- Negative past experiences
Anyone who has had pain or discomfort during previous dental procedures is likely to be more anxious the next time around.
The changing face of dentistry and pain management today
As time has gone by and dental practice has become more evolved and patient-centric, the level of dental anxiety and pain management has become a serious business.
Some new research has set shop for gadgets that make dental anxiety seem like a thing of the past.
The Dentalvibe gadget was invented by DrStephen Goldberg DDS. This invention focuses primarily on helping to reduce pain in patients during dental procedures. Obviously this is quite important because dental pain is one of the major reasons why people don’t get the dental procedures they need as often as they need them.
The way Dentalvibe works is by tricking your brain into not feeling pain while a needle is inserted during dental procedures. Your brain will tend to ignore rhythmic sensations, but pay careful attention to more random ones that don’t follow a rhythm. So, by creating just such a non-constant rhythm, the device will get your brain to pay attention to that instead of the pain of a needle during gum procedures.
One problem with many dental procedures is one of communication. When you have a drill in your mouth, how do you properly communicate with the dentist that there’s a problem? This leads to many patients feeling like they are completely out of control during procedures even though they are conscious.
One recent solution to this is the ‘Dental Button’. This is a tool that connects to a dentist’s drill and allows the patient to press the button and cut power to the drill if they are uncomfortable with what is going at any point.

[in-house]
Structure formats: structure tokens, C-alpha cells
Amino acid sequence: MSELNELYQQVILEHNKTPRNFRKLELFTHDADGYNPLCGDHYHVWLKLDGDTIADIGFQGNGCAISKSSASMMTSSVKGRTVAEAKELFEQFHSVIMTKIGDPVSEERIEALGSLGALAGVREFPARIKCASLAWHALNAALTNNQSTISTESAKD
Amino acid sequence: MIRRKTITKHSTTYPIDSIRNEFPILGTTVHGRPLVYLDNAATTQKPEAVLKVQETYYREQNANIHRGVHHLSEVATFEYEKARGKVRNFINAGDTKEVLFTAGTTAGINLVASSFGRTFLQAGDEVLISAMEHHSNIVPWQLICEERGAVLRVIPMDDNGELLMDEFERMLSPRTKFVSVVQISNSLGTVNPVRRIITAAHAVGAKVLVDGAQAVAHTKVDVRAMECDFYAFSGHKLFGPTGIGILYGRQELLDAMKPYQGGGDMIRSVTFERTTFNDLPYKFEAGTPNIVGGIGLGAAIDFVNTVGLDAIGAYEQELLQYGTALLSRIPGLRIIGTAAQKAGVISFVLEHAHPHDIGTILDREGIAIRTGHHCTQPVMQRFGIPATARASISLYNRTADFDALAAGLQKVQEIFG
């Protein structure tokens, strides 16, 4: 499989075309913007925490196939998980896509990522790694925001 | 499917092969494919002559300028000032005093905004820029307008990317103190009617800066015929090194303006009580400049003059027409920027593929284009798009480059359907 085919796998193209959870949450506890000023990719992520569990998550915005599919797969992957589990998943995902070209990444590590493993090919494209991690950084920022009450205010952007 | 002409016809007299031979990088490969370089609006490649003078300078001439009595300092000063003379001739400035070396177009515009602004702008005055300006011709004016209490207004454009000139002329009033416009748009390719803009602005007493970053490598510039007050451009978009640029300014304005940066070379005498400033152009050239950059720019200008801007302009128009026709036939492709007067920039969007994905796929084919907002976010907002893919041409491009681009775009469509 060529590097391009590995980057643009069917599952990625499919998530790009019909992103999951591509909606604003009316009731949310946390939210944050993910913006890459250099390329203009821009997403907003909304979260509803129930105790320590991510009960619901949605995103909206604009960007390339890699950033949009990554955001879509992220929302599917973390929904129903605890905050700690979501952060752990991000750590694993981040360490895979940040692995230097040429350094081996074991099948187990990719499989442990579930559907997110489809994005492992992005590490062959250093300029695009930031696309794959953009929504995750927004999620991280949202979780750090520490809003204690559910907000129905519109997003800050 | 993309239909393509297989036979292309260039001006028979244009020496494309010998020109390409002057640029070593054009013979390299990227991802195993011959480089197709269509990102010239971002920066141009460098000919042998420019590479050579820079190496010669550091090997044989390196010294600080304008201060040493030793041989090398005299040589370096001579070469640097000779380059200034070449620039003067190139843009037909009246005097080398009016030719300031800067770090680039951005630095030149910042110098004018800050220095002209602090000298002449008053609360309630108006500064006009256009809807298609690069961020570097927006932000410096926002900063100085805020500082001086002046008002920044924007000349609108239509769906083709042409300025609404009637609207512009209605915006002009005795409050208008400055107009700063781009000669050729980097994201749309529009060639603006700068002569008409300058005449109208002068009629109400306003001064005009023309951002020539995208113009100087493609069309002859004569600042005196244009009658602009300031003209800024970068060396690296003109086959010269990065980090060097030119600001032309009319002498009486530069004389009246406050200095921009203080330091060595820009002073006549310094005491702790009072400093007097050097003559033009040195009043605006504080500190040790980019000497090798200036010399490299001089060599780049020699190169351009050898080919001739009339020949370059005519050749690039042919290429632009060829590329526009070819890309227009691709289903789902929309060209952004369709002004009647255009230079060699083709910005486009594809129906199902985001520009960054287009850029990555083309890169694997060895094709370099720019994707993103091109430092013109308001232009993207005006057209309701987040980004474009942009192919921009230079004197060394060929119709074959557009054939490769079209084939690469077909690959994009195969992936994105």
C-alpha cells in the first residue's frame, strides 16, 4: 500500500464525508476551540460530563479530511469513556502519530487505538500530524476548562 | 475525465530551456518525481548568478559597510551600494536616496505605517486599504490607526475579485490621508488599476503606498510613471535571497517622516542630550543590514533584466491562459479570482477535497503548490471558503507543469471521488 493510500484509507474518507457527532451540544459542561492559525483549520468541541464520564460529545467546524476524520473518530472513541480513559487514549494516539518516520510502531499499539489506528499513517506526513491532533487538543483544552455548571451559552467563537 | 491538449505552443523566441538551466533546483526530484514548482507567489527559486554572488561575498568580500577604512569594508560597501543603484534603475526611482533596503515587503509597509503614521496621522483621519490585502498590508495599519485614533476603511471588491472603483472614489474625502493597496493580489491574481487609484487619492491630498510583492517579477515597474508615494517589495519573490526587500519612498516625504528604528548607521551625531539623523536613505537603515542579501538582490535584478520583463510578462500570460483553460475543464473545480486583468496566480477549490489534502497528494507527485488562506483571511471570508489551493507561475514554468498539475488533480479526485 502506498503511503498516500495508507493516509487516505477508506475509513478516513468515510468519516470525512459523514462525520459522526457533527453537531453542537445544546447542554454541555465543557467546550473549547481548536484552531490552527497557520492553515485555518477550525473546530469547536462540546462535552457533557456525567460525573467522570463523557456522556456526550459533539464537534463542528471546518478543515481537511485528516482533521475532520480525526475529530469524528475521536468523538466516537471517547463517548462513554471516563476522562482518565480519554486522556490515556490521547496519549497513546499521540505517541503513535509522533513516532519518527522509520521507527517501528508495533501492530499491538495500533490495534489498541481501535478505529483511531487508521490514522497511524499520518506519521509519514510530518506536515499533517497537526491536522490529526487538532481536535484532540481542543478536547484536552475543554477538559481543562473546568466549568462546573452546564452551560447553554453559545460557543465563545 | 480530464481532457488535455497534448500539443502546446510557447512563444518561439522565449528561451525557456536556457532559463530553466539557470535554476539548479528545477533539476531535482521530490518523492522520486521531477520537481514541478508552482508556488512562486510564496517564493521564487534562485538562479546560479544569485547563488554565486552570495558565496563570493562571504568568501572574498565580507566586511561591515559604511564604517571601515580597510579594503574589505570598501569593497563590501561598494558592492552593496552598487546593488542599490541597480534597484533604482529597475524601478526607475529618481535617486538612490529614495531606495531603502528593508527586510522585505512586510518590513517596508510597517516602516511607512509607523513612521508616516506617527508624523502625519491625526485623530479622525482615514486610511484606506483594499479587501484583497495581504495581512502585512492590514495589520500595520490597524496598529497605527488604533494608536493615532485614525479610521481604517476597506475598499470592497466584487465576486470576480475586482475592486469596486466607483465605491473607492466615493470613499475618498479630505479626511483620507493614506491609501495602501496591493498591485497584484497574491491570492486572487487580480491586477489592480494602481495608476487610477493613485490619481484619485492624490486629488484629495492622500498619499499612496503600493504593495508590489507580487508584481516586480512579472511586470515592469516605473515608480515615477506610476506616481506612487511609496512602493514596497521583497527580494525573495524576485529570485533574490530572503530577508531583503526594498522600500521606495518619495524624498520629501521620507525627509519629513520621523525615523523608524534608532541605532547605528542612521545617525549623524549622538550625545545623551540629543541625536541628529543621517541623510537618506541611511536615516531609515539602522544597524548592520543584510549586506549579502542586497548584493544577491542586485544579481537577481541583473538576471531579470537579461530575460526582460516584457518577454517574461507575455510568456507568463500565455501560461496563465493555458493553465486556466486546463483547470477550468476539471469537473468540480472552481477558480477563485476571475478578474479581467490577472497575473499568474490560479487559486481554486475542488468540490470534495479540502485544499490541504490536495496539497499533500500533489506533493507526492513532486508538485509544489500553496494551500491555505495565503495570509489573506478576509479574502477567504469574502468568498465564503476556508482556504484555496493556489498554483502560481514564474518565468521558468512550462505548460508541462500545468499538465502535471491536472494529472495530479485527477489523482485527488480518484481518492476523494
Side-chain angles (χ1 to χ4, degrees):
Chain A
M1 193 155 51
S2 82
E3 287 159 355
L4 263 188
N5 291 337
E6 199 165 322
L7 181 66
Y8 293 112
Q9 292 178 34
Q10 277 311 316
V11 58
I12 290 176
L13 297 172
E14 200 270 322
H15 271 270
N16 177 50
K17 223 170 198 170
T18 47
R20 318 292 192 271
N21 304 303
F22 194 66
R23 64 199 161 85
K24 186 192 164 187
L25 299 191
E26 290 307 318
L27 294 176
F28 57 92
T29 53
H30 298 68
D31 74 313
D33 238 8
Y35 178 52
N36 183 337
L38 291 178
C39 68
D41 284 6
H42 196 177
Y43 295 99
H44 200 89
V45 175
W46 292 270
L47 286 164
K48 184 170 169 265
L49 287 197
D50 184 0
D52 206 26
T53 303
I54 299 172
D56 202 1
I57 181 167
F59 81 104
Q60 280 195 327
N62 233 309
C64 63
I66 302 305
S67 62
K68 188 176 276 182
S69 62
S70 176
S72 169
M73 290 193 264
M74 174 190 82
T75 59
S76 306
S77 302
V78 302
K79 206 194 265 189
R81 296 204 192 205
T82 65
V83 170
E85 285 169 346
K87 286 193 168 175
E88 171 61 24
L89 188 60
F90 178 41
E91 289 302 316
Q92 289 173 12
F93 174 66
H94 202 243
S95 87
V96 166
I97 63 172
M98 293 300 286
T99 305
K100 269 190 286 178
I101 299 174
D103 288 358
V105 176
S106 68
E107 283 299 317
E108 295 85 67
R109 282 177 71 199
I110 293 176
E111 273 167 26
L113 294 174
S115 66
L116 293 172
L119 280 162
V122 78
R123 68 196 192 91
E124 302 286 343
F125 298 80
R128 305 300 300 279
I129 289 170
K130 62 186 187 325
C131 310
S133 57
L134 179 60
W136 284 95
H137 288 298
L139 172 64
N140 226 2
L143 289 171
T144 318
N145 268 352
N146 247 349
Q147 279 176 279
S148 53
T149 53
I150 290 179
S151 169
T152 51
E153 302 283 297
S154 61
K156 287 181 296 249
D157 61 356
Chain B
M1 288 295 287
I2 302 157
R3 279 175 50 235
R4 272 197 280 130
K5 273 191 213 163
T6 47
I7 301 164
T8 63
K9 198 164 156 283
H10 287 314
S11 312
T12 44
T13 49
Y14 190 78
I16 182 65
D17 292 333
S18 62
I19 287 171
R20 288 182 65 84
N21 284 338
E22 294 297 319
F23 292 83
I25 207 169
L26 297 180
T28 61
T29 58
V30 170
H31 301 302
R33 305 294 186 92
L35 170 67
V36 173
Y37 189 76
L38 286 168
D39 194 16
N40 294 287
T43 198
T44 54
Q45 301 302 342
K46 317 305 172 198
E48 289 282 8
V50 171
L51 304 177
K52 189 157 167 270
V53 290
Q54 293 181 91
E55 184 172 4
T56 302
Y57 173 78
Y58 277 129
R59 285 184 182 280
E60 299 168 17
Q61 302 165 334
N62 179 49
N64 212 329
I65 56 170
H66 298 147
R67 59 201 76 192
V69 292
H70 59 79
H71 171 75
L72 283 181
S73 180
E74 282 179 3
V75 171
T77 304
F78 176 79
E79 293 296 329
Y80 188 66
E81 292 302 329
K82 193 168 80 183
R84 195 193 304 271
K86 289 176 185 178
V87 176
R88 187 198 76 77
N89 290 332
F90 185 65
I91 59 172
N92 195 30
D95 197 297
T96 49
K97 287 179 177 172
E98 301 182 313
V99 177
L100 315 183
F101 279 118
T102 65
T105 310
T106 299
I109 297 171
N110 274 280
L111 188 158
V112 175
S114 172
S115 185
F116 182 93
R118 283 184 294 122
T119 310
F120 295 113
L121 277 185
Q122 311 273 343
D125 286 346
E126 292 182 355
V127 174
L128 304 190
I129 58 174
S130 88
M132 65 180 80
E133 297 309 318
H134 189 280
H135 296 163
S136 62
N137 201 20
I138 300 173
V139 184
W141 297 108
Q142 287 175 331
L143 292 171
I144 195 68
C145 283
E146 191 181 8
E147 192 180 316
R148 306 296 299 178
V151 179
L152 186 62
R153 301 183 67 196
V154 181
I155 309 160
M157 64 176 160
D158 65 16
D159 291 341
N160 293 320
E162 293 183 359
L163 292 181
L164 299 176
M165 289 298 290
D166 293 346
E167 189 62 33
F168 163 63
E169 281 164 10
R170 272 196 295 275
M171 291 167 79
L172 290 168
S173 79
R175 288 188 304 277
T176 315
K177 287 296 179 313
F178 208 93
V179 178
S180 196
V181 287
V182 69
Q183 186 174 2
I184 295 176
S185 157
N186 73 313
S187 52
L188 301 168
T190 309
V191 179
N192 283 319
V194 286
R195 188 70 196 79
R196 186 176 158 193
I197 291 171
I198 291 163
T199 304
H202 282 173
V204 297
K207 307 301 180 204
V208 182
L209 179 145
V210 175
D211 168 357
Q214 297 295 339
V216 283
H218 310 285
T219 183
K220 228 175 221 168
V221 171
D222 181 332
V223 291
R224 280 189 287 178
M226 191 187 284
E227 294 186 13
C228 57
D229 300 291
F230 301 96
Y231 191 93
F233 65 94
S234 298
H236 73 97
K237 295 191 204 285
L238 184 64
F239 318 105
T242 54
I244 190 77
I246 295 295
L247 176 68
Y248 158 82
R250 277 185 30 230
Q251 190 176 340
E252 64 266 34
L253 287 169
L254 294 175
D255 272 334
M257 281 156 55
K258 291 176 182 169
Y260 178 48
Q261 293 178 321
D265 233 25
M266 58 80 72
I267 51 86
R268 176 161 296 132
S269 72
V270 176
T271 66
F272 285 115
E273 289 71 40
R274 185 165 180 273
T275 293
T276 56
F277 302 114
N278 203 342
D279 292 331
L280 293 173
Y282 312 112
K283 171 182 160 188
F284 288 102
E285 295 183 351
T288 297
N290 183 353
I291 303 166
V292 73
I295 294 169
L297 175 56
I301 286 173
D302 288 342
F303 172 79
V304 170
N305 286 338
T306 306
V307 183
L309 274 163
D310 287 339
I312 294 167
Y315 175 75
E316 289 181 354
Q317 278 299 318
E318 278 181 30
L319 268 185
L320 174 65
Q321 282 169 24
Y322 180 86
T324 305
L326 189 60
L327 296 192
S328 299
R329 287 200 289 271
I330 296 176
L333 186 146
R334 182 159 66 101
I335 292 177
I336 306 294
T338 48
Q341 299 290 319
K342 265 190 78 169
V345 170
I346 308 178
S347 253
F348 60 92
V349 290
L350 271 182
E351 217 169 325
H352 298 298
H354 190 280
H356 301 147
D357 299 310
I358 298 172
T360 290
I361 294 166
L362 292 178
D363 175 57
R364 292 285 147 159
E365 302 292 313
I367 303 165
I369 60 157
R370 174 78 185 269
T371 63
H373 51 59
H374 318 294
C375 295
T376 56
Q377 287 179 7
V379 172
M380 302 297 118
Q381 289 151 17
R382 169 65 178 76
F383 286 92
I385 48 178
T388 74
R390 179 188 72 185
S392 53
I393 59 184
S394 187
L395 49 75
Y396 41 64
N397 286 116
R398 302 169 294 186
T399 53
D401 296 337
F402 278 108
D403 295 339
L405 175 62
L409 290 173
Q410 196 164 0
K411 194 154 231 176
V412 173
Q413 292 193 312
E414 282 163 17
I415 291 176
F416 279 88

Many dentists have said that they use the button and it lets patients feel much more at ease and in control, even though few of them ever actually use it. But the psychological fear of being out of control is a major problem for many dental patients, so even the potential control that patients get back can go a long way to making procedures less stressful.
Most injections at the dentist’s office are handled with a needle. In order for it to be done properly, the dentist needs to make the anesthetic injection at exactly the right speed. If they go too fast, it can cause the stinging sensation many people are used to during a dental procedure.
The Wand is a device that controls the injection electronically using a computer, so that it goes much more smoothly without any human error problems. This can take the guesswork out of the procedure on the dentist’s side, and make people a lot calmer and assured about the entire process on the patient’s side.
Hard tissue lasers are getting popular as they can be used to cut tooth structure without using the dental drill. The sound of the drill and the fear it evokes is one of the biggest problem dentists deal with. The advent of the hard tissue laser may make dental drilling a thing of the past.
No noise and no pain! Dentistry couldn’t get any better.
Research in the field of dental hypnosis is making great strides and with great success. The process needs to be regulated. But for a patient willing to be hypnotized, the dental experience can be magical!
Dental phobia can now be easily dealt with Conscious Sedation. It involves sedating the patient with a cocktail of anesthetics which makes them completely comfortable and leaves them with no memory of the dental treatment later.
An advantage of this is that it can be carried out in the dental office and does not need complicated equipment but the dentist has to be thoroughly trained to administer it.
Keep smiling till I see you next week!